Sunday, August 30, 2009

A Journey to Memphis and the Crossroads: Part 6: Falling down on my knees

I promise this the last post about my vacation, especially considering I have been back home for three weeks. (I am really milking this, aren't I? To be perfectly honest, I've been really busy with some personal issues and this is ideal filler, given you guys are actually reading it.)

Anyway, after visiting Memphis I drove an hour and a half down Highway 61 to legendary Clarksdale, Mississippi, birthplace of the blues and the place where Robert Johnson supposedly made his deal with the Devil. Unfortunately, modern times have changed the landscape of Highway 61, as it is now several miles east of its original route. The real legendary crossroads is now the intersection of Hwy 49 and Hwy 161, which, as I was surprised to learn, is a rather busy intersection. I'm not sure how ol' Robert Johnson could have negotiated with the Devil without being seen; it's definitely not at all like the crossroads in the Ralph Macchio movie.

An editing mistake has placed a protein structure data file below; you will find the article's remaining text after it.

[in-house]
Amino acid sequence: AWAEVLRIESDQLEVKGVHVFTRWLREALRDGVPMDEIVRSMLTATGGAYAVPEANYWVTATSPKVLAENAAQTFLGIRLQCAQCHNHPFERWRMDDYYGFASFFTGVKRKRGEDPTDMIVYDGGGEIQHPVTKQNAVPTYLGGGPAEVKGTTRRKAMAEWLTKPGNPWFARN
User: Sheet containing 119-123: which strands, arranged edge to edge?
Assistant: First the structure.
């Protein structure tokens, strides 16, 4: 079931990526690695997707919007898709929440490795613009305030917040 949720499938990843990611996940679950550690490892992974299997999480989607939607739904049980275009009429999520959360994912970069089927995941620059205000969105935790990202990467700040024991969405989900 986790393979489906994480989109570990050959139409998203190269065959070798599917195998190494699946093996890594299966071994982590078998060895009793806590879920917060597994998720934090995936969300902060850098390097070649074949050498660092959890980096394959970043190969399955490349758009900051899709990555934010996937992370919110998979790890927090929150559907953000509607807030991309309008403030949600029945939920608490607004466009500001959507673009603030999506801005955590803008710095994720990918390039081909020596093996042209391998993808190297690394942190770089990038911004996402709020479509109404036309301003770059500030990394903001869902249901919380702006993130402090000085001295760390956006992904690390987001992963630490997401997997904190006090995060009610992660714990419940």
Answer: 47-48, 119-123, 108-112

(By the way, there is an amazing BBQ joint called Abe's at the crossroads. According to the Abe's menu, it is very possible Robert Johnson might just have been munching on some BBQ when the Devil arrived. Being that Johnson made his deal in the early to mid-1930's and Abe's has been there since the 20's, their claim might be true. Although, to be perfectly honest, I don't know why the Devil would concern himself with something as useless as a soul when there is tasty BBQ in the area. The Devil works in mysterious ways, I guess.)

While in Clarksdale, I caught all the high point tourist places: the Delta Blues Museum, the Ground Zero Blues Club, Red's Juke Joint, and I even stayed at the world famous Riverside Inn. All of these are highly recommended not only for blues fans, but for anyone who wants to get away from the hustle and bustle of the city life and go to a place more simple, a place more quiet, and a place where you can kick back, grab some BBQ and a sweet tea, and listen to some good ol' American music the way it's supposed to be played: with heart, with feeling, and from the soul.

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